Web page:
CAIRO - Egyptian authorities on Wednesday called for restraint in the face of outrage over a film deemed offensive to Islam that has raised fears of renewed sectarian tensions.
The cabinet said Tuesday’s protests which saw demonstrators scale the walls of the US embassy in Cairo were “regrettable” and that it was Egypt’s duty to protect all diplomatic missions. The statement came in response to a film portraying the life of the Holy Prophet that sparked a deadly attack in Libya that left Ambassador Chris Stevens and three other US officials dead. Egyptian President Mohamed Mursi tasked the Egyptian embassy in Washington to “take all legal measure against the producers of the film that is offensive to Holy Prophet,” the official MENA news agency said.
The government called on Egyptians to exercise restraint, but the country’s powerful Muslim Brotherhood, from which Mursi emerged, called for new nationwide protests.
Coptic activists in Egypt said they planned to stage their own protest against the film later Wednesday outside US missions in Egypt and Libya to condemn “all sorts of contempt or disdain against any religion”.
Egyptian media have said that some Egyptian Copts living in the US were involved in the production of the film, which was produced by Israeli-American Sam Bacile, according to the Wall Street Journal.
Afghanistan’s government meanwhile blocked YouTube for nearly 90 minutes to discourage people from watching the film that it called an “inhuman and insulting act”. Iran blamed the US for what it called the “repulsive” movie.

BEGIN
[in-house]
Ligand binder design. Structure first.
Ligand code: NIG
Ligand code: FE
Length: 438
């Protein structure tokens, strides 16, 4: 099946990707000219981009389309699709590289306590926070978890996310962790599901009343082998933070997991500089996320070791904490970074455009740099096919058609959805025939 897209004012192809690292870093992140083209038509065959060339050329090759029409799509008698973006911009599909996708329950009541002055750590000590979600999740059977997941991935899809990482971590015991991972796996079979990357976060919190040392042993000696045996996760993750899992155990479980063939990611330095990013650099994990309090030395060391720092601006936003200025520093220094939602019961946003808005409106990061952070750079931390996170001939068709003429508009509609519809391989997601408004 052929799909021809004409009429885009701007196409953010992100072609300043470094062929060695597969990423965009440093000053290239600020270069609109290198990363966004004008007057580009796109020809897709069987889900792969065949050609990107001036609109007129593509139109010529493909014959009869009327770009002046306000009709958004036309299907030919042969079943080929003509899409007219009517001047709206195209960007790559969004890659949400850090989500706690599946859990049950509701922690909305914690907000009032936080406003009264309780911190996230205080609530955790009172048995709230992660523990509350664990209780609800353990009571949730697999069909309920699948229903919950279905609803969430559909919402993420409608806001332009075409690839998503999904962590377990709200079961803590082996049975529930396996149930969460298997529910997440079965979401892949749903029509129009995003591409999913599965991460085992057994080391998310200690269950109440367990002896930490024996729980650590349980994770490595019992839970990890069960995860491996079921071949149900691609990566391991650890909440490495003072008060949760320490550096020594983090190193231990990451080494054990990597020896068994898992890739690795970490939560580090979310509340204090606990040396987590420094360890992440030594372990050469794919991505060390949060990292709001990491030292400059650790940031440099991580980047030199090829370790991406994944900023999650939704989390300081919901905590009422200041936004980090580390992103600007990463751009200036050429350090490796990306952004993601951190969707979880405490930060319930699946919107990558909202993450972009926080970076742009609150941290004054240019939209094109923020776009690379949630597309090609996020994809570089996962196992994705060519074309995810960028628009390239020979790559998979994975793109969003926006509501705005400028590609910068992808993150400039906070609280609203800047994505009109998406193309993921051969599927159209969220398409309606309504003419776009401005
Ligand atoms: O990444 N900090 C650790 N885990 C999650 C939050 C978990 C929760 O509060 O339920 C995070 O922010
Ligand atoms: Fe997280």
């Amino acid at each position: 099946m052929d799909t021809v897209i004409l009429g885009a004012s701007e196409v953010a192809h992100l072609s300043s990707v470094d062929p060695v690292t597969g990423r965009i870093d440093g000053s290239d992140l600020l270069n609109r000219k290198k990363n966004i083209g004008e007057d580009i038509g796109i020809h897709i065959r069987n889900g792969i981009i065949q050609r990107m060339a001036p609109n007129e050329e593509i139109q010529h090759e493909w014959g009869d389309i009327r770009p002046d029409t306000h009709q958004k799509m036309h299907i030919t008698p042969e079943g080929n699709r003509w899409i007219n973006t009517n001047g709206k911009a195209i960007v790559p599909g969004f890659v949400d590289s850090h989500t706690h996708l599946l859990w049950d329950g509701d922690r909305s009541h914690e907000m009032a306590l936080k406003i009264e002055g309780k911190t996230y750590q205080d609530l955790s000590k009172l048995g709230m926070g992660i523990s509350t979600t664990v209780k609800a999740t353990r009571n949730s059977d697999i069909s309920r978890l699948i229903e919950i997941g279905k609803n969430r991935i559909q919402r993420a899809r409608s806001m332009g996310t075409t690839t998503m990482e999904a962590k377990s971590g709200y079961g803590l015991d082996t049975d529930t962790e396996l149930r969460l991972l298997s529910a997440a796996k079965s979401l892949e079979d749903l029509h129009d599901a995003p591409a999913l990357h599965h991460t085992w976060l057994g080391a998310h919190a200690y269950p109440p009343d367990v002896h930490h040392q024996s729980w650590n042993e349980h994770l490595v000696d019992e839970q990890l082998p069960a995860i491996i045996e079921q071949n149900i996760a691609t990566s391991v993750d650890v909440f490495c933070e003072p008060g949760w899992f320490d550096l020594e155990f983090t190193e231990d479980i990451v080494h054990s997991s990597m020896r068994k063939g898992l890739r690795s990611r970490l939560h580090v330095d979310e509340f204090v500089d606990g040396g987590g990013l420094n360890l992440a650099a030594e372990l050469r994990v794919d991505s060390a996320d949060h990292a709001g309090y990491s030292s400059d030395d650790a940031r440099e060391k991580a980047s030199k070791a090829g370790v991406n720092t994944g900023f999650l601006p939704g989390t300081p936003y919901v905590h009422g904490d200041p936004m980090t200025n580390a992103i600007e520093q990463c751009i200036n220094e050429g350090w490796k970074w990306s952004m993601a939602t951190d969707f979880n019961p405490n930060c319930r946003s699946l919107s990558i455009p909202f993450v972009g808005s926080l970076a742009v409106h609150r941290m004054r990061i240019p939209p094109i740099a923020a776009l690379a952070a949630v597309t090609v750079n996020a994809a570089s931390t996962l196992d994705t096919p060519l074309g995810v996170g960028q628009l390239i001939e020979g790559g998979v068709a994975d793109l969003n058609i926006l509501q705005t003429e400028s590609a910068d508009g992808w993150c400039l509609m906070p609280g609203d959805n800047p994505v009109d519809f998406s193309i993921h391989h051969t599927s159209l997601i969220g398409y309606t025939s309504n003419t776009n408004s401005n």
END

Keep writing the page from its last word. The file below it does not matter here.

“The American government has the responsibility to stop this dangerous trend in the spreading of insults to Islamic Umma’s (nation’s) highest sanctities,” said foreign ministry spokesman Ramin Mehmanparast. Hamas spokesman Fawzi Barhum, in a statement on his Facebook page, condemned the film as “disgraceful, racist and an insult to the feeling of every Muslim in the world.”
“We want to stop all disregard of principles and human values, to put an end to all these misguided policies, and we want respect for Muslim rights.” Tens of Palestinians gathered outside the UN headquarters in Gaza City to protest against the film on Wednesday afternoon, burning American flags and pictures of a US pastor who has reportedly backed the movie.
Hundreds of protesters upset over the movie demonstrated outside the American consulate in Morocco’s largest city Casablanca. The protesters, numbering between 300 and 400 mostly young activists, gathered around 200 metres (yards) from the consulate amid a heavy police presence.
The Casablanca protest appeared to have been called spontaneously, via social media networks, and without the involvement of any particular organisation. Similar protests against the film were held outside the US embassies in Sudan and Tunisia, Tunis.